Week 7

Oct. 4:Hammurabi of

:*Sasson, J. "King Hammurabi of ,", pp. 901-916 in CANE;

*Pearce, L., "The Scribes and Scholars of Ancient ," pp. 2265-78 in

CANE

Oct. 6: Canons and Laws, Hammurabi’s Code

:*Postgate, 1994, pp. 275-291

+Code of Hammurabi pp. 164-178 in Pritchard, 1955.

Week 8

Oct. 11:Kassites and Internationalism, Middle Assyrians

:*Sommerfeld, W. "The Kassites of Ancient ," pp. 917-930 in CANE

Van de Mieroop, pp. 39-59

Oct.13:MIDTERM EXAM

Week 9

Oct. 18:Historical Narrative, Neo-Assyrians

: +Annals of Tiglath-pileser I from Pritchard, 1955.

Oct. 20:Neo-Assyrians continued

:*Grayson, A.K. "Assyrian Rule of Conquered Territory in Ancient Western

", pp. 959-968 in CANE

+Sennacherib inscriptions, pp. 287-88 in Pritchard, 1955;

+Old Testament

Week 10

Oct. 25:Neo-Babylonians

:+Babylonian Chronicle, pp. 305-6 in Pritchard, 1955;

*Beaulieu, P. "King Nabonidus and the Neo-Babylonian Empire," pp. 969-980 in

CANE

Oct. 27:Paper #2 Due:On writing and control of knowledge,

Library Session:Researching —meet in library, 1st floor

Week 11Economic History

Nov. 1:Discussion of Research Paper Topics

Nov. 3:Craftsmen and Merchants (Kanesh), Trade and markets

:Van de Mieroop, pp. 86-98, 107-137

*Veenhof, K."Kanesh:An Assyrian Colony in ", pp. 859-872 in CANE

Week 12Women and Gender

Nov. 8:How to study gender in ancient civilizations

:Bahrani, pp. 1-39

Research Paper topic Due:1-paragraph synopsis

Nov. 10:Nudity and the body:

:Bahrani, pp. 40-95

Week 13Women and Gender, continued

Nov. 15:Women's roles and "place"

:Bahrani, pp. 96-140

Nov. 17:Ishtar

: +Descent of Inanna from Pritchard, 1955.

Bahrani, pp. 140-160

Undergraduate Students:Research Paper Outline and 5 Sources Due

Graduate Students: Literature Review Due

Week 14

NO CLASSES, Thanksgiving Break

Week 15Religion and Myth

Nov. 29:Religion and Cult

:*Wiggerman, F. "Theologies, Priests and Worship in Ancient ," pp.

1857-1870 in CANE;

+Extispicy Texts from Starr, , Queries to the Sun God:Politics and Divination

in Sargonid Assyria, SAA IV, Press, 1990.

Dec. 1:Myths and Pantheons, Creation Epic

:+Enuma Elish, in Pritchard, 1955.

Week 16History of Science and Mathematics, Conclusions

Dec. 6:History of Science, mathematics

:*Powell, M. "Metrology and Mathematics in Ancient ," pp. 1941-58

in CANE

Dec. 8:Can we write a "Long Durée" history for ? and review for final

:*Postgate, 1994, pp. 292-302

Paper #3:Research paper DUE

Week 17

Thurs, Dec. 15, FINAL EXAM


_____________________________________________________________________________

Paper Assignment #1:

Topic:Based on the articles and primary sources that you have read so far, describe the similarities and differences between the Sumerian and Akkadian cultural systems.Who were the Sumerians and what are the salient features of their civilization?Who were the Akkadians and what did they bring to the Sumerian system?Be sure to discuss the geographic, religious, political, and literary aspects of these two groups that gave rise to Mesopotamian society, and use specific evidence from readings (primary and secondary sources) to support your arguments.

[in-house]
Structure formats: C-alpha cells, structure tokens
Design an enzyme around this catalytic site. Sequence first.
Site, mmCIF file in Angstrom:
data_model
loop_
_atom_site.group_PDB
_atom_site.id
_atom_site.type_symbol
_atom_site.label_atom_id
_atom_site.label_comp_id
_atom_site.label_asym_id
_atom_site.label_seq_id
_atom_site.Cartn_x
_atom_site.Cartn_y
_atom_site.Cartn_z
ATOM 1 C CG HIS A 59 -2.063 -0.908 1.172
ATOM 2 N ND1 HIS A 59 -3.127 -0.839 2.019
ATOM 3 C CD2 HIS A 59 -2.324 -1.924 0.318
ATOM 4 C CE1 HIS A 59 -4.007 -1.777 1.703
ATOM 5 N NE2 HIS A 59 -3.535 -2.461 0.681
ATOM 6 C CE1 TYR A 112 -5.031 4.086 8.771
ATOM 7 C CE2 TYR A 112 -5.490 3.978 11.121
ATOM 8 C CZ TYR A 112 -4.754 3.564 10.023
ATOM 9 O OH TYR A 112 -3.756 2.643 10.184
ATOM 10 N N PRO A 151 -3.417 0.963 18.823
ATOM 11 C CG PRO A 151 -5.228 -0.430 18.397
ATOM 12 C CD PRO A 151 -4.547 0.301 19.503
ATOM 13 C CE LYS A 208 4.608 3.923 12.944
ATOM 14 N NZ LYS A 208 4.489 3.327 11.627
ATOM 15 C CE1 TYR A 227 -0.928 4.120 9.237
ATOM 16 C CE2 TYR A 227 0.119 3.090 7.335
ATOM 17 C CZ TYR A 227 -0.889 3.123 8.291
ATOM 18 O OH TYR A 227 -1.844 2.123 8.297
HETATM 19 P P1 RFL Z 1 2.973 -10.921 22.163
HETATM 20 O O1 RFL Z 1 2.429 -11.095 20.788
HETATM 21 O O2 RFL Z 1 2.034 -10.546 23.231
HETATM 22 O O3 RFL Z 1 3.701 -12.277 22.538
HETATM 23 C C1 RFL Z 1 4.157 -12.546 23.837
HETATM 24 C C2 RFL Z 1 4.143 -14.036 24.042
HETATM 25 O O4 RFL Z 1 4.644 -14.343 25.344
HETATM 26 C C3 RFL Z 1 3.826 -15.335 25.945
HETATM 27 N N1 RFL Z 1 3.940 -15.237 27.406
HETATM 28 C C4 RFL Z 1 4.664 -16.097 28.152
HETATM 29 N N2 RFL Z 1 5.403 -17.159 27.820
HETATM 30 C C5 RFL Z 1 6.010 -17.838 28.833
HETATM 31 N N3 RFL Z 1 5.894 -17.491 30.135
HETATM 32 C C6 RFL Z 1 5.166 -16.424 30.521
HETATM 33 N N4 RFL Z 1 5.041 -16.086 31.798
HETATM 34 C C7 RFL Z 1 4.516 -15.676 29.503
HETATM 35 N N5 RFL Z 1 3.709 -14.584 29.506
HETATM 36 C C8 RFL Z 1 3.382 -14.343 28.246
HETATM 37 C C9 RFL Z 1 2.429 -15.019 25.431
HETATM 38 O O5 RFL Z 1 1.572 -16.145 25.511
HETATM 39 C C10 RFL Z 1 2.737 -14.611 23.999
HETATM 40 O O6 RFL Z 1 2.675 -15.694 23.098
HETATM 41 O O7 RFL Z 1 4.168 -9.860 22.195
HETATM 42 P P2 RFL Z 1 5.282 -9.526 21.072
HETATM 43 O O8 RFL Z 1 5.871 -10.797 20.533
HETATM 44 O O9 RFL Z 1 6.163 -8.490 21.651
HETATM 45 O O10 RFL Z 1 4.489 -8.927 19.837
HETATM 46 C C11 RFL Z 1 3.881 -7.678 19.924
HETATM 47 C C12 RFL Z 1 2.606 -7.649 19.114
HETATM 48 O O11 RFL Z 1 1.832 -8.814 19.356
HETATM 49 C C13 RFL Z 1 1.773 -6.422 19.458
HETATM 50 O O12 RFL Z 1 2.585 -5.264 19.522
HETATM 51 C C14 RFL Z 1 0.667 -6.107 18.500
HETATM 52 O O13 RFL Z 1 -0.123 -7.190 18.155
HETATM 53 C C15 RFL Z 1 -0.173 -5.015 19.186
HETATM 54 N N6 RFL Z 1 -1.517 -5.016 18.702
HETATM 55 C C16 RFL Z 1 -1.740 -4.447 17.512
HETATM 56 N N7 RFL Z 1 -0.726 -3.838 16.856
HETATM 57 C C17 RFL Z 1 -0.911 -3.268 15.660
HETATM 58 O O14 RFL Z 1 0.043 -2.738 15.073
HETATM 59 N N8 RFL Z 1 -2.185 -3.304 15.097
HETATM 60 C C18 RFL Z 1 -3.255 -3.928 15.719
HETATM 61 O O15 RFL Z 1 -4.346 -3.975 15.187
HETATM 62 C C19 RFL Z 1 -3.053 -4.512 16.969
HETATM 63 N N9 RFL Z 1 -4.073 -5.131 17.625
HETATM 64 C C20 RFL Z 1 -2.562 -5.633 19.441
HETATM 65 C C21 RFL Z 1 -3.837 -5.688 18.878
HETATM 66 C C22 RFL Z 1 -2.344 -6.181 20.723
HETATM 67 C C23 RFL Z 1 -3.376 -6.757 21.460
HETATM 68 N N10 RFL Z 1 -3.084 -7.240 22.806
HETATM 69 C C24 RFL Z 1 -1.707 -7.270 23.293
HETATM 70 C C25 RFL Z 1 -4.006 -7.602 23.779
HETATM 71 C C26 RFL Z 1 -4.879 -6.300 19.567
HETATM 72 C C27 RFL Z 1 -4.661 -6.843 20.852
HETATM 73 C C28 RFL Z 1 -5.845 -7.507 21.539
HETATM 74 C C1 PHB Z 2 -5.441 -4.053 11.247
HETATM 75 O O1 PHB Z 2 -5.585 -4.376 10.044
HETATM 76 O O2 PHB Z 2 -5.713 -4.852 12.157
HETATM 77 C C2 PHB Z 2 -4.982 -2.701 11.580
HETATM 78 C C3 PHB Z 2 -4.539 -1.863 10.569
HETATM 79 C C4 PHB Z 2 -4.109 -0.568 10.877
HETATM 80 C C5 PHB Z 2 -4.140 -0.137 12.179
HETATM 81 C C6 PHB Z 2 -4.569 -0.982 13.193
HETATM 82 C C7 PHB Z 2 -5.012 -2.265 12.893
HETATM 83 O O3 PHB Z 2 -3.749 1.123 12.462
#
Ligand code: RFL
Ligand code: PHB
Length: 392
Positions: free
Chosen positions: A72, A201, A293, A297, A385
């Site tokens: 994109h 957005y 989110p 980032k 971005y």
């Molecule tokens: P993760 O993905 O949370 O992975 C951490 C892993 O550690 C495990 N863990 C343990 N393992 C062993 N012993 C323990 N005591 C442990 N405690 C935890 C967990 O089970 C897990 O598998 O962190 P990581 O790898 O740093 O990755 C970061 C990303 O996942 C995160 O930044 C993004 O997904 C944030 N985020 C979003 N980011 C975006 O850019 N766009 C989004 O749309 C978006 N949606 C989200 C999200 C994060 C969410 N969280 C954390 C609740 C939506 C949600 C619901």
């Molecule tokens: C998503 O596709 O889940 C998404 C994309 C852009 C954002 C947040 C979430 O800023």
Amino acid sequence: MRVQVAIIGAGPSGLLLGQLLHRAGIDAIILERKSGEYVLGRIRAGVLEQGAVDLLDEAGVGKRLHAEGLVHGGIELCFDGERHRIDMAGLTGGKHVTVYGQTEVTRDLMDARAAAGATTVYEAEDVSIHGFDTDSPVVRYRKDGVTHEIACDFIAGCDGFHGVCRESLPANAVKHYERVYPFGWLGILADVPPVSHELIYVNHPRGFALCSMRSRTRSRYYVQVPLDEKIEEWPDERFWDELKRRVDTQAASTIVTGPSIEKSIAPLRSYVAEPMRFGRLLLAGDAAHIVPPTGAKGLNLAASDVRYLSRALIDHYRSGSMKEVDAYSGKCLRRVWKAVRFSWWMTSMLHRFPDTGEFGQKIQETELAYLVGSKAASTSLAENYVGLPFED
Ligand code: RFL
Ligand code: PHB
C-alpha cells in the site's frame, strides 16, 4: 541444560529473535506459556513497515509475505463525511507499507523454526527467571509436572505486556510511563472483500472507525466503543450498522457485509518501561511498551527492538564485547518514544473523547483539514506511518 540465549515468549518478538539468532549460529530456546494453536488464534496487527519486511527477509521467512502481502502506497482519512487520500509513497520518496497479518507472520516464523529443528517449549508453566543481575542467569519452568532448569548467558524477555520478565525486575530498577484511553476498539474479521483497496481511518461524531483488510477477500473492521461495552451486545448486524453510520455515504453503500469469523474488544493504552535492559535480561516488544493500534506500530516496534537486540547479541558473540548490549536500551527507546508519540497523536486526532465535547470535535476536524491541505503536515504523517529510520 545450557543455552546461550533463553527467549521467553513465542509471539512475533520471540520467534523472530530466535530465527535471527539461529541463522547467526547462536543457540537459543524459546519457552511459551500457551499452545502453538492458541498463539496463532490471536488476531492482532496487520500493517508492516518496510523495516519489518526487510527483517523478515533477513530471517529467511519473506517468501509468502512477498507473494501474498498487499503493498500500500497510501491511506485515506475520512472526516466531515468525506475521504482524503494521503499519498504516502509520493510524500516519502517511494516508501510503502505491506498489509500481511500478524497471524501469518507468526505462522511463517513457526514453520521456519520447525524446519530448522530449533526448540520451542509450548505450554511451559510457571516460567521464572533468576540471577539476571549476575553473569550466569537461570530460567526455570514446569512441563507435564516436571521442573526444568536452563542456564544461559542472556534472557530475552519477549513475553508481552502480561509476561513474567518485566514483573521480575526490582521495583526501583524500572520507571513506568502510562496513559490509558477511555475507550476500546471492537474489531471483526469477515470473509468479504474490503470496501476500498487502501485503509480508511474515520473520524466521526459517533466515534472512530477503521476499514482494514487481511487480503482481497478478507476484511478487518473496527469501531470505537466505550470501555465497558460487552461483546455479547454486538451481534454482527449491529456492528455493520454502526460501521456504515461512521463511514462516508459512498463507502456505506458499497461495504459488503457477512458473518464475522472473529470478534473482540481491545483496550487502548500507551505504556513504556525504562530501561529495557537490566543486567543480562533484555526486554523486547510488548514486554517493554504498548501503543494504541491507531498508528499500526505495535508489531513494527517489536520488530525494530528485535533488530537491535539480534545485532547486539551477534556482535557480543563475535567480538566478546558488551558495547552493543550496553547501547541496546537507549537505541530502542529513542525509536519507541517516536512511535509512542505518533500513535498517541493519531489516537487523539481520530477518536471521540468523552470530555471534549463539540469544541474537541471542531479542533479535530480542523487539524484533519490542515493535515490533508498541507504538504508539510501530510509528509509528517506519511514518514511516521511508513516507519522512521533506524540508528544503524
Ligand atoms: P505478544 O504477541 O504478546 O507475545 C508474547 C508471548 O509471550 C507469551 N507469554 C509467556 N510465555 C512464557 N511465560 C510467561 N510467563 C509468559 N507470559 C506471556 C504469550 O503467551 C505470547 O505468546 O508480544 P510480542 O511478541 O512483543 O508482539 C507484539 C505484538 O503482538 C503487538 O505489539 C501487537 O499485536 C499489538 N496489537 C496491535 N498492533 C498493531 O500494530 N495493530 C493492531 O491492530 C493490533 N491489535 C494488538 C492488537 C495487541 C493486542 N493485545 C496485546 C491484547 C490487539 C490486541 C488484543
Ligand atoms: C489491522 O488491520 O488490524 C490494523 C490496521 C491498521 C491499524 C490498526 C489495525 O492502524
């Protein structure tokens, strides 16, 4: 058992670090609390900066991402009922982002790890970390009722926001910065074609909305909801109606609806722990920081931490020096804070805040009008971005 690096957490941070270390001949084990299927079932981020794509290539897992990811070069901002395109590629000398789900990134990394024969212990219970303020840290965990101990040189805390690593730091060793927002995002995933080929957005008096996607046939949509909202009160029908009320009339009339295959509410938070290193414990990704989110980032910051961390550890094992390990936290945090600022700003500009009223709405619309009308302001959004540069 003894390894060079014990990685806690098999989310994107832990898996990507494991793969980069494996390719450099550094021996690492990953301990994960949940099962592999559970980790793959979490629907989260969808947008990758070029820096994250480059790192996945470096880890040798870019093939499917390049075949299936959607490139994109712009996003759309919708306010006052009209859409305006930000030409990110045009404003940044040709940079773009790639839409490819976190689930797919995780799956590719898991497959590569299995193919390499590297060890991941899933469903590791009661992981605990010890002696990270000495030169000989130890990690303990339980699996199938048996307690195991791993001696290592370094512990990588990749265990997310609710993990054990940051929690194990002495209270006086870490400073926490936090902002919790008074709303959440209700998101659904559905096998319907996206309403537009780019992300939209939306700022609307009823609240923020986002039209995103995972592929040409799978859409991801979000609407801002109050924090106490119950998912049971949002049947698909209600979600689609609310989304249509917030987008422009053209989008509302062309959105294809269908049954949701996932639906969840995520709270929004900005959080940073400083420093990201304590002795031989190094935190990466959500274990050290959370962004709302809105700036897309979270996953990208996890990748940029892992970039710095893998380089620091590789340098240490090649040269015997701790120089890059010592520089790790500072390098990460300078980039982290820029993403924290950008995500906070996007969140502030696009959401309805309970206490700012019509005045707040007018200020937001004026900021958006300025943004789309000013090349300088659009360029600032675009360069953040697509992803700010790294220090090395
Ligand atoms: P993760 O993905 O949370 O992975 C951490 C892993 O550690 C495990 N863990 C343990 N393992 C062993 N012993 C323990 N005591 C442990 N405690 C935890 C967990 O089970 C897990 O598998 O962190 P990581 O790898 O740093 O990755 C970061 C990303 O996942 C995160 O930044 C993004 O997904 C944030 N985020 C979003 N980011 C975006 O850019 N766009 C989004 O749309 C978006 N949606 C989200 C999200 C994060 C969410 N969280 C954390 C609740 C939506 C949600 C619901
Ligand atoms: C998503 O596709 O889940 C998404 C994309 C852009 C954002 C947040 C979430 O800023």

Please pay attention to the following rules:

1.Papers must be 3-5 pages, typed, no more than 12-point font, no more than double-spaced and with no more than 1-inch margins on ALL sides.Staple pages together, do not put papers in plastic covers.

2. Cite your sources in Turabian style and include a Works Cited page.To find out about citation in Turabian style, you may go to the on the first floor of Peck Hall for a handout.

3. All papers are due in class on Friday, Sept. 26.Late papers will be marked down 10 points for each day that they are late.

Criteria for Assessment:

  1. Free from typos, spelling errors, grammatical mistakes
  2. Appropriate citation of reading materials
  3. Demonstration of understanding and critical assessment of reading materials
  4. Organized structure, clarity of argument
  5. Arguments supported with specific facts
  6. Coverage of all questions posed in assignment

___________________________________________________________________________

Paper Assignment #2:

 

Topic: Discuss the confluence between power and knowledge (i.e. texts) in . Who controlled the production of knowledge (be sure to discuss both the practical and ideological aspects of this production) and for what purposes was knowledge produced? Give specific examples from Mesopotamian history that you learned about in course readings to support your responses.

  

Please pay attention to the following rules:

1. Papers must be 3-5 pages, typed, no more than 12-point font, no more than double-spaced and with no more than 1-inch margins on ALL sides. Staple pages together, do not put papers in plastic covers.

2. Cite your sources in Turabian style and include a Works Cited page. To find out about citation in Turabian style, you may go to the on the first floor of Peck Hall for a handout.

3. All papers are due in class on Monday Oct. 27. Late papers will be marked down 10 points for each weekday that they are late.

Criteria for Assessment:

  1. Free from typos, spelling errors, grammatical mistakes
  2. Appropriate citation of reading materials
  3. Demonstration of understanding and critical assessment of reading materials
  4. Organized structure, clarity of argument
  5. Arguments supported with specific facts
  6. Coverage of all questions posed in assignment